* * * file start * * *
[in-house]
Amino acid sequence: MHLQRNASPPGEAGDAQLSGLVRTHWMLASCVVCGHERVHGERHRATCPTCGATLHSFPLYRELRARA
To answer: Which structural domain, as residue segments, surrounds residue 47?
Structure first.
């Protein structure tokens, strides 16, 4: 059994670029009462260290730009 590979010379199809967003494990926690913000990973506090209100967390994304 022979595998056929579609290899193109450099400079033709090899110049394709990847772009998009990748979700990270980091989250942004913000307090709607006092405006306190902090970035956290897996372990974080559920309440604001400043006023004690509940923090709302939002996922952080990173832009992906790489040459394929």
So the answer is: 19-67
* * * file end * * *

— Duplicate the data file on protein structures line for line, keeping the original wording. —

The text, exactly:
[in-house]
Amino acid sequence: MHLQRNASPPGEAGDAQLSGLVRTHWMLASCVVCGHERVHGERHRATCPTCGATLHSFPLYRELRARA
To answer: Which structural domain, as residue segments, surrounds residue 47?
Structure first.
């Protein structure tokens, strides 16, 4: 059994670029009462260290730009 590979010379199809967003494990926690913000990973506090209100967390994304 022979595998056929579609290899193109450099400079033709090899110049394709990847772009998009990748979700990270980091989250942004913000307090709607006092405006306190902090970035956290897996372990974080559920309440604001400043006023004690509940923090709302939002996922952080990173832009992906790489040459394929």
So the answer is: 19-67